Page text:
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Information management and biotechnology are reshaping the basic structure of American enterprise. In this bold and innovative analysis, Davis and Davidson explain what these changes mean and how entrepreneurs and executives can prepare challenges of tomorrow.
Stan Davis is author of the bestselling books BLUR (more than 250,000 copies sold), 2020 Vision (more than 100,000 copies sold), and Future Perfect (more than 100,000 copies sold) Shows how bringing an artistic sensibility to business can improve business performance and increase personal work satisfaction Includes detailed, practical advice for implementing the ideas in the book, as well as a wealth of real-world examples The arts are important to many people in their personal lives, but they don't see any way of incorporating art into their work and business. In this groundbreaking book, visionary business authors Stan Davis and David McIntosh argue that not only is this possible, but that applying an artistic sensibility to business will actually improve business performance. Traditionally, business focuses only on the economic flow of inputs (resources, raw materials), outputs (products and services) and processes that help get you from one to the other (research and development, production, distribution). Davis and McIntosh show that there's an artistic flow that operates the same way, but with different particulars. Inputs here include things like emotion, imagination and intuition; and outputs include things like beauty, meaning, excitement and enjoyment. To bridge these aesthetic inputs and outputs, the authors show how to apply creative processes from the arts to business, and how to connect with customers the way great performers connect with audiences. Through real-world examples and practical advice, The Art of Business shows how applying this concept of artistic flow enables you to come up with more creative solutions to problems, develop better new products, and provide your customers with the kinds of emotionally and aesthetically satisfying experiences they've come to expect in this high contact, mulimedia age. It gives you an additional--rather than alternative--approach to the established economic model of how things get done. And it will make your own work experience infinitely more satisfying.
From the bestselling authors of Blur- a defining book of the Information Age- comes a startling glimpse into the near future and the emerging economy that awaits us. It's Alive foretells the jolt the world is about to receive as the science of molecular evolution races out of the laboratories and into the business world. Think back to the early 1970s. Imagine the opportunities for your business, career choice, and investments had you received an advance report on the ways in which computer and information technology would revolutionize the world. It's Alive provides that opportunity today: a realistic and persuasive look into the future--the molecular economy- and how it is starting to overtake and reshape the Information Age. Today's gene mapping and molecular engineering are equivalent to the introduction of transistor radios at the advent of the information economy. Solid-state technology moved from the labs into the business arena, providing in turn the transistor, the microprocessor, and the modem- and the information business. During the next ten years, molecular technology will follow the same pattern, moving from the lab and into the basic operation of the corporation itself. Chris Meyer and Stan Davis are our guides in understanding this new future. They show that not only biological systems evolve. The rules of evolution help explain the process of change in biology, business, and the economy, thereby providing a management guide to the business world around the corner. It's Alive is not science fiction or futurism. It bases its insights and predictions on the impact the molecular economy is already having in such diverse business environments as manufacturing, financial services, and energy. Through in-depth case studies of Capital One Financial, the U.S. Marine Corps, British Petroleum, and the biotech firm Maxygen, Meyer and Davis show how adaptive behavior works in the real world. As the rules of evolution combine with the connected economy, our business world will become unpredictable, volatile, and continually adaptive- in other words, alive.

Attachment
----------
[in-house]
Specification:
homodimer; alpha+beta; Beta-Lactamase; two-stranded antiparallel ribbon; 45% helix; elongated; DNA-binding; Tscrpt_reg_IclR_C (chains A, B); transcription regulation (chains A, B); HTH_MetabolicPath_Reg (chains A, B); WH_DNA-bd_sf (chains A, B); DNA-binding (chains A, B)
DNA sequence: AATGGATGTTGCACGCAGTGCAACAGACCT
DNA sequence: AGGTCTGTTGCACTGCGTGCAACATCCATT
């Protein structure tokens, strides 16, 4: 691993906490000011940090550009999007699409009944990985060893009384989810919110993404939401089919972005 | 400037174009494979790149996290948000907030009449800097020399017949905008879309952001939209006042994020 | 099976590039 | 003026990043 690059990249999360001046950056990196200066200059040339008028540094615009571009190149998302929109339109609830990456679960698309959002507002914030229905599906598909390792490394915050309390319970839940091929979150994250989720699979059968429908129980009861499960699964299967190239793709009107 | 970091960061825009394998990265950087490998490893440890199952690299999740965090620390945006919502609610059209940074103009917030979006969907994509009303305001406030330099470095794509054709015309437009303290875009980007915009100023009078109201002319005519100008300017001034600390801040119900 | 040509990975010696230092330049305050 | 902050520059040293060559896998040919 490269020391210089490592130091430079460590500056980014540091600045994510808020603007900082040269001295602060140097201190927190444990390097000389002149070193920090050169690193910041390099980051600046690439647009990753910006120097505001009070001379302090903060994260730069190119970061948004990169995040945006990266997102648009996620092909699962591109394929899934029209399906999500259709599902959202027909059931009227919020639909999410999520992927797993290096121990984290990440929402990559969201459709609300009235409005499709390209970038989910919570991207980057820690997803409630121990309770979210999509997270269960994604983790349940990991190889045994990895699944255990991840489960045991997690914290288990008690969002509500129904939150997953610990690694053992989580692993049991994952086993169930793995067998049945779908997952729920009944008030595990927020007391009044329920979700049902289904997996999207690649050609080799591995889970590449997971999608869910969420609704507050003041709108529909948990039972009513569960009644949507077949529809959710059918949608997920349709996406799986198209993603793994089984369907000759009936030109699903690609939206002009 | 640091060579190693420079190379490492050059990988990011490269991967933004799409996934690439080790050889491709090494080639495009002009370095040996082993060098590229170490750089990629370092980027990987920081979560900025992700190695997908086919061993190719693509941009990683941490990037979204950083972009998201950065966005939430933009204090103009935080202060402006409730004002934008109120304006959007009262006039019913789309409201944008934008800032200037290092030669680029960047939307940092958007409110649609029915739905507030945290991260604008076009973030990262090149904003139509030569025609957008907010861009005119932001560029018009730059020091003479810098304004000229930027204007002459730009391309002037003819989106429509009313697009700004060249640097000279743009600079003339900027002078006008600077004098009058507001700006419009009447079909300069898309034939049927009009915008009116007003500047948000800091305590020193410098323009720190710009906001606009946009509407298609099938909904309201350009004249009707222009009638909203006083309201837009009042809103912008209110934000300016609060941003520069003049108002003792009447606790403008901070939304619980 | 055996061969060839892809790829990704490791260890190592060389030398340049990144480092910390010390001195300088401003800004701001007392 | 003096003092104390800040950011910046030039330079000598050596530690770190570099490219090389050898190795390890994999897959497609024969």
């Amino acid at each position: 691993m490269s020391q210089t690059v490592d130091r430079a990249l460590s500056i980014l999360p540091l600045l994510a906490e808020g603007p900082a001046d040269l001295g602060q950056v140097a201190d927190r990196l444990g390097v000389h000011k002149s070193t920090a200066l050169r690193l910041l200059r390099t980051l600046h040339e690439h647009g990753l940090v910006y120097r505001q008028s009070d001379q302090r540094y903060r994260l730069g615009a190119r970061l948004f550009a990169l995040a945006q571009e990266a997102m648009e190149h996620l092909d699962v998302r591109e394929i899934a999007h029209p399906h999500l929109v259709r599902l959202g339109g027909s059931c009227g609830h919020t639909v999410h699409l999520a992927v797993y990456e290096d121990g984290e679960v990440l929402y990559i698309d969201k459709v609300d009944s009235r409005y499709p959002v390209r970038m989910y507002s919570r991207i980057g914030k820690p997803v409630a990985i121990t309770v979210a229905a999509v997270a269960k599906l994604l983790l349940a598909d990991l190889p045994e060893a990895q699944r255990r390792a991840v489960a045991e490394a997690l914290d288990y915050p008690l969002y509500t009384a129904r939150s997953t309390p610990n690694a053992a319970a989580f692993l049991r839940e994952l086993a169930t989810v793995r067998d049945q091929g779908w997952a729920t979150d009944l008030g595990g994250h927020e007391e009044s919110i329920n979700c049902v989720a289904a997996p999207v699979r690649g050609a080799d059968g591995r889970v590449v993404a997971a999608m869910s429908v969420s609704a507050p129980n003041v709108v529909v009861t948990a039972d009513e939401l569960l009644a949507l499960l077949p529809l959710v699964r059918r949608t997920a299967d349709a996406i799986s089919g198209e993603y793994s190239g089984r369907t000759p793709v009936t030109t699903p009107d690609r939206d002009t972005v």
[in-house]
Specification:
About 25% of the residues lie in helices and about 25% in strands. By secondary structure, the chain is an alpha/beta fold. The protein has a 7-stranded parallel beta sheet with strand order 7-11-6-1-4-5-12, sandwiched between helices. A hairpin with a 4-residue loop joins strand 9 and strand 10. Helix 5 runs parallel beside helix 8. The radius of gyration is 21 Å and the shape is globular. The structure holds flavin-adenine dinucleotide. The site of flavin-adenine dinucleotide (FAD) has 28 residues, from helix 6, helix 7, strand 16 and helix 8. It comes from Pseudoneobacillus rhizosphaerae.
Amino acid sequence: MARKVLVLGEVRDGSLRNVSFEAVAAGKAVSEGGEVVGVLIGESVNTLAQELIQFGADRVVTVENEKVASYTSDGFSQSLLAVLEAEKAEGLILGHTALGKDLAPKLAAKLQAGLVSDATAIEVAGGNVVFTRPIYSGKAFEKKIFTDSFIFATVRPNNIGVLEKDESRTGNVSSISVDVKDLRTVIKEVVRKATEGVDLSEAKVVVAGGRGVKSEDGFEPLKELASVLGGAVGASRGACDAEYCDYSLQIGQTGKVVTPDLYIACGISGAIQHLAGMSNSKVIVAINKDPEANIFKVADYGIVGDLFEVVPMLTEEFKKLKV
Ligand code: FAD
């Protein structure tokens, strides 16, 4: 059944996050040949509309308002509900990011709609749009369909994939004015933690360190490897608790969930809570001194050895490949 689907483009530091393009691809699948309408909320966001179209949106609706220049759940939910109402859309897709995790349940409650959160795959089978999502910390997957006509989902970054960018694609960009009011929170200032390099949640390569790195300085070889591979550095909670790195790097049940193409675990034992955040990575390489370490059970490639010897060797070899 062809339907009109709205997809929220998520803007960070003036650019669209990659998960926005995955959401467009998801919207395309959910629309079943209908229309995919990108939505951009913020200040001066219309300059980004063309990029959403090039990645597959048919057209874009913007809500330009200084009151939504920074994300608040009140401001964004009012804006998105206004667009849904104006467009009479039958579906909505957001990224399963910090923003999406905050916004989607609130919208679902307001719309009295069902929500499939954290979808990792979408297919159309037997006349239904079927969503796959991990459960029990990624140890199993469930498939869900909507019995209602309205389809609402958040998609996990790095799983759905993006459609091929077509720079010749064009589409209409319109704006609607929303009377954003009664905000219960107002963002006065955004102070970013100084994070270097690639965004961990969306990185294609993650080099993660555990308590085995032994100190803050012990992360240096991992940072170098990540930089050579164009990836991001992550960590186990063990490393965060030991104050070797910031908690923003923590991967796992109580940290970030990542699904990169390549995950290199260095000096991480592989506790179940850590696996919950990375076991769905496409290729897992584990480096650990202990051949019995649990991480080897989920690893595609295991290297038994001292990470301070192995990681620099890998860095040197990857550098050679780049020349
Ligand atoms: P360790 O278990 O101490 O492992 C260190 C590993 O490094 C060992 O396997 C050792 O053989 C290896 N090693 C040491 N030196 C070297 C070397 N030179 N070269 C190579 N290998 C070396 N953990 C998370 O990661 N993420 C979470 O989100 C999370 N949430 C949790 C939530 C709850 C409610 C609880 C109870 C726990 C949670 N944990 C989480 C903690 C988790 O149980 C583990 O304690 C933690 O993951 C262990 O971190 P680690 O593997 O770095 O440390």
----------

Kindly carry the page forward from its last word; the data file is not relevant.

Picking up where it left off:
Companies in the business of providing knowledge -- for profit -- will dominate the 21st-century global marketplace. Can your business compete? In today's fast-paced world, knowledge is doubling nearly every seven years, while the life cycle of a business grows increasingly shorter. The best way -- and perhaps the only way -- to succeed is to become a "knowledge-based" business. In The Monster Under the Bed, Stan Davis and Jim Botkin show how: * Every business can become a knowledge business * Every employee can become a knowledge worker * Every customer can become a lifelong learner The Monster Under the Bed explains why it's necessary for businesses to educate employees and consumers. Consider the fact that the vast majority of 60 million PC owners, for example, learned to use their computers not at school but at work or at home. Davis and Botkin explain how any high-tech, low-tech, or no-tech company can discover new markets and create new sources of income by building future business on a knowledge-for-profit basis -- and how, once it does, its competitors must follow or fail. Filled with examples of high-profile companies that are riding the crest of this powerful wave, The Monster Under the Bed is an insightful exploration of the many ways that the knowledge-for-profit revolution will profoundly affect our businesses, our educational processes, and our everyday lives.
HBR Case Study